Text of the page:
Where Are We Going? Some Reflections on British Horror

Nina Allan has written a great piece over at Strange Horizons. It looks at British Horror, the present and the future. She bases her thoughts on FantasyCon in Nottingham.

One of the events I was most looking forward to at last autumn’s FantasyCon in Nottingham was a panel I was invited to sit on entitled “British Horror: Present and Future.” Our brief was to explore and discuss where British horror is currently at, what the future might hold, and how and if the field is becoming more diverse. We enjoyed a spirited discussion, including some enthusiastic contributions from the audience, but with less than an hour in hand, there was never going to be enough time to cover all bases. I felt particularly disappointed that the panel became somewhat bogged down in the perennial griping about the publishing industry that tends to go on, leaving even less time for what seemed to me at the outset to be the central points of importance in the discussion: where are we going as horror readers, writers, and editors, and how and how much greater diversity—of subject matter, of stylistic approach, of influence, of gender, of sexuality, of social and ethnic background—is being encouraged within the field. I came away from Nottingham still mulling this over.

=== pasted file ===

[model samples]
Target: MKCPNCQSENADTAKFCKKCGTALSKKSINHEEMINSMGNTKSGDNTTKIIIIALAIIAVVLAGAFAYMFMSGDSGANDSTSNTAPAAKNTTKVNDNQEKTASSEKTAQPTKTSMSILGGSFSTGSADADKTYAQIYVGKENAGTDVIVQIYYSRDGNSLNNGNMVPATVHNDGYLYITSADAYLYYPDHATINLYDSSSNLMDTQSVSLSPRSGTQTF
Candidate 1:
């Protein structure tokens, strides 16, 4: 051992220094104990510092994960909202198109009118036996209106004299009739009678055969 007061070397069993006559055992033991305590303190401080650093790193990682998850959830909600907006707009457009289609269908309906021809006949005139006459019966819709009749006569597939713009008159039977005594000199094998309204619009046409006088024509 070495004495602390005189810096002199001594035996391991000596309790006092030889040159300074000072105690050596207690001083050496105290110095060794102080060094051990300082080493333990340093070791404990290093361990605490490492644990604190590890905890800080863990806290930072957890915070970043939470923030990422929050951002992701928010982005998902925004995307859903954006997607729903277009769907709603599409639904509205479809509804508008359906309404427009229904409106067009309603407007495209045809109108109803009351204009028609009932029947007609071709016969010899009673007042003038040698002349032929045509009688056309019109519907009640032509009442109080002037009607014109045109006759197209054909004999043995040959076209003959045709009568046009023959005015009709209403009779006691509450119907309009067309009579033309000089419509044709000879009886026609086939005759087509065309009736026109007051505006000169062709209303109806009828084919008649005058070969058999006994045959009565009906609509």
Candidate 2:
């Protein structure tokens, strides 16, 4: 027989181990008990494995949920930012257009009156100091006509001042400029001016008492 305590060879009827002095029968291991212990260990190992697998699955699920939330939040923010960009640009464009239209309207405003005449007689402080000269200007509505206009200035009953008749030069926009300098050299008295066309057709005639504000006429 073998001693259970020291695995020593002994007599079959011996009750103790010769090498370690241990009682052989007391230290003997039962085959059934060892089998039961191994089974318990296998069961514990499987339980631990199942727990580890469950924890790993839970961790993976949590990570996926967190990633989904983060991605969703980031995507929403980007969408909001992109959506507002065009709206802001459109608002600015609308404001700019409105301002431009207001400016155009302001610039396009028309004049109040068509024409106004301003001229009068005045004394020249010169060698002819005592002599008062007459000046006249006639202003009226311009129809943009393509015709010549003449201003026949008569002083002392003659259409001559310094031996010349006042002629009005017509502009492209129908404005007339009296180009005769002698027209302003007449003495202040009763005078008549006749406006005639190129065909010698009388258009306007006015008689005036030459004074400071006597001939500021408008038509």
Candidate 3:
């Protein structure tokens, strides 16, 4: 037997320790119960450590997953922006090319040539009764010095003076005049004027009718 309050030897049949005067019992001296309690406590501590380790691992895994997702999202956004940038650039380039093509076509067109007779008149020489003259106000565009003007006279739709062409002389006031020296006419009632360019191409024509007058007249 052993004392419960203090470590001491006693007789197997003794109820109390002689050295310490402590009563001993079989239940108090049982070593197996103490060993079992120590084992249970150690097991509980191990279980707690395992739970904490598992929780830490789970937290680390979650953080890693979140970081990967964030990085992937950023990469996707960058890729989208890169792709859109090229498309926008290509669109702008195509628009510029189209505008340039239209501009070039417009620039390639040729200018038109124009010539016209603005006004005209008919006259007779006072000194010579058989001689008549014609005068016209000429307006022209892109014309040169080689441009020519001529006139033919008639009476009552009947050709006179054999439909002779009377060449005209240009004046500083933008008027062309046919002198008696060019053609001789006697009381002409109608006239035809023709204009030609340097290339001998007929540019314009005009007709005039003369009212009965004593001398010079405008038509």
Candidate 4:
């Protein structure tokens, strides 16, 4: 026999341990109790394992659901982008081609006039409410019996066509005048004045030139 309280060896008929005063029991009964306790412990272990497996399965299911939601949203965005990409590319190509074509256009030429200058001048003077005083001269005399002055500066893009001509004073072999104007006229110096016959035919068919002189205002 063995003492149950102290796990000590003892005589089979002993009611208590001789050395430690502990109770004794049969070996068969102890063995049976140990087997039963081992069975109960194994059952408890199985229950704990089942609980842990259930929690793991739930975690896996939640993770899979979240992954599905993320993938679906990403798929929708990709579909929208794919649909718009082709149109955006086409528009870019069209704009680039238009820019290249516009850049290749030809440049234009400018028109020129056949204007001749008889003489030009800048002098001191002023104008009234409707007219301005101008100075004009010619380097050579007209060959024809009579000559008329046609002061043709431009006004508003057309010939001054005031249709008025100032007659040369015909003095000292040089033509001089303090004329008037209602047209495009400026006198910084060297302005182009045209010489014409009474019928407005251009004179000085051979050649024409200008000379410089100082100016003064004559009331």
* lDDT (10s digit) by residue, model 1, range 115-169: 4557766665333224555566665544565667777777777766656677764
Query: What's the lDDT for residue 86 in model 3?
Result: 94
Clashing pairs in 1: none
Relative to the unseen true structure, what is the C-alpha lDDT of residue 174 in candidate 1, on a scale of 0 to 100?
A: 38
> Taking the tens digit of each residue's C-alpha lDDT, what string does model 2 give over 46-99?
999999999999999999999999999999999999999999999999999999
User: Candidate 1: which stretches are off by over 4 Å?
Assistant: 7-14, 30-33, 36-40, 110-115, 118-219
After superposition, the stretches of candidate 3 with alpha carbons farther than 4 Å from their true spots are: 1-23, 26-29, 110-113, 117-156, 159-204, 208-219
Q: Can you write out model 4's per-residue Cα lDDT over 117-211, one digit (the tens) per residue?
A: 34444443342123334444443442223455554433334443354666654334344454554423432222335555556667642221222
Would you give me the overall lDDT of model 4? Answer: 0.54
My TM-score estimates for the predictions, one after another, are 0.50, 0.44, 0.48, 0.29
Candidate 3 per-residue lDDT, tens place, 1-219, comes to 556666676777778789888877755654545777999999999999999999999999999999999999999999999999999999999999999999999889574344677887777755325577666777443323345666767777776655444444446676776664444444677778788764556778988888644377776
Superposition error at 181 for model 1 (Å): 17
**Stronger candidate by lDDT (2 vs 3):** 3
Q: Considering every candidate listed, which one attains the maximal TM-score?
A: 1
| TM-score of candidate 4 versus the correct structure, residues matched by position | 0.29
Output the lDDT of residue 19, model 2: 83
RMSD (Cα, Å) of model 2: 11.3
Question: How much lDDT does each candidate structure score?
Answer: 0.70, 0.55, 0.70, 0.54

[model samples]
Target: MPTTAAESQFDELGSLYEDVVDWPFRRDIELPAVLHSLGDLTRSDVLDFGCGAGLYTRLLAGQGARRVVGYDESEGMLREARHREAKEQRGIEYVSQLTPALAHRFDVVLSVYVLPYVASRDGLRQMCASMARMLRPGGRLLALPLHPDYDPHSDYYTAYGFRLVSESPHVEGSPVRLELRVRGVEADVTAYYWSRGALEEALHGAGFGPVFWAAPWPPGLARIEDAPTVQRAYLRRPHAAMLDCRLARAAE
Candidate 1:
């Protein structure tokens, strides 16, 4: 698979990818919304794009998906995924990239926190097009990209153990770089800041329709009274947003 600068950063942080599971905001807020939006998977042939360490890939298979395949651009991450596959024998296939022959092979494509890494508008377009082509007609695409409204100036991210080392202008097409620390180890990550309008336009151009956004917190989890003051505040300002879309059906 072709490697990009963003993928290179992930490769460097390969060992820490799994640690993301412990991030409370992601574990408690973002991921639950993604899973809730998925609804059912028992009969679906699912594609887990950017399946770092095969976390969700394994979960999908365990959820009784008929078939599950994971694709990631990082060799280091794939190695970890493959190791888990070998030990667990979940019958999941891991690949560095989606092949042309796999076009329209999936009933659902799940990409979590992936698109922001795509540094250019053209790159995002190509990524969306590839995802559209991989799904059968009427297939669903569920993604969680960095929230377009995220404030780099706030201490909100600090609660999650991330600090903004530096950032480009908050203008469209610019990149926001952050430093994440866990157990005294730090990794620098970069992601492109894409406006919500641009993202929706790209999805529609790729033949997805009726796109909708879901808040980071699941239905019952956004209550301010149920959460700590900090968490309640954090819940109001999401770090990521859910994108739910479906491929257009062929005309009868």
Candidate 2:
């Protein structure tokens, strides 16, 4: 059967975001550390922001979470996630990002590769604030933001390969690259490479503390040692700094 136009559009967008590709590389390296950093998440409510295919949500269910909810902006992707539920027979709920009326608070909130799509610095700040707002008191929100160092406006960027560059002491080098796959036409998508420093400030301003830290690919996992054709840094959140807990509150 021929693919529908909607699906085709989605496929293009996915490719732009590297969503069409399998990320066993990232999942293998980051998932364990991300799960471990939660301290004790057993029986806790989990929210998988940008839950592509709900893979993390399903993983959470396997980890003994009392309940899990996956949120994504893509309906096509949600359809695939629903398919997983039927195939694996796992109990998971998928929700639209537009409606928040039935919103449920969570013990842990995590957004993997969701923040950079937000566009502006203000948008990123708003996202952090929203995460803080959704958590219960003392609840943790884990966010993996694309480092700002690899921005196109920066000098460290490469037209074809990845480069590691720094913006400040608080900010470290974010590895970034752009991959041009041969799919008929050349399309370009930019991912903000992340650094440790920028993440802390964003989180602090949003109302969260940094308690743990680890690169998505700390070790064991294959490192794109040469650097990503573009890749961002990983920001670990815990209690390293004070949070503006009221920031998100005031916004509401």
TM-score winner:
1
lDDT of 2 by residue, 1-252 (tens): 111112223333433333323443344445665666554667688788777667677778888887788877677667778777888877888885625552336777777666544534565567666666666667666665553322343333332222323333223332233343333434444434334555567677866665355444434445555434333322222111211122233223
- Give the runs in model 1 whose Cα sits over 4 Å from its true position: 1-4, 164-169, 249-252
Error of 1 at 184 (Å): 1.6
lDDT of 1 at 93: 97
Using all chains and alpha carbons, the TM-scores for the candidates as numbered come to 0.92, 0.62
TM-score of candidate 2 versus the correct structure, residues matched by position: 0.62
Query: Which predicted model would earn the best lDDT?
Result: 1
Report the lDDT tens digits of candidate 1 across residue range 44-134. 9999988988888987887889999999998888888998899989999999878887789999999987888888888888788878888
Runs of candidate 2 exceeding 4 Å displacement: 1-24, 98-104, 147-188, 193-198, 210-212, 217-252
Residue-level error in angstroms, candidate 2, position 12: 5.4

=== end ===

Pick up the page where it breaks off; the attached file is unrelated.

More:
Somewhat conveniently for the purposes of this discussion, FantasyCon 2015 saw the launch of three “best of” horror anthologies: the latest (#26) in Stephen Jones’s redoubtable Best New Horror series, which has now been running for more than a quarter of a century, The 2nd Spectral Book of Horror Stories under the editorship of Mark Morris, and the twenty-fifth anniversary reissue of Best New Horror #3, from 1991. Looking down the table of contents of this last, I encountered many familiar, well-loved names—some sadly no longer with us, some very much still writing and contributing to the literature. I want to stress right from the off how important the Best New Horror series has been to me, both as a reader and as a writer. When I began developing a professional interest in horror fiction towards the end of the 1990s, BNH was where I first started to acquaint myself with the field: who was writing, what they were writing, how they related to one another. I would read each volume cover to cover when it first appeared, adding to my knowledge and developing my taste with each new outing.

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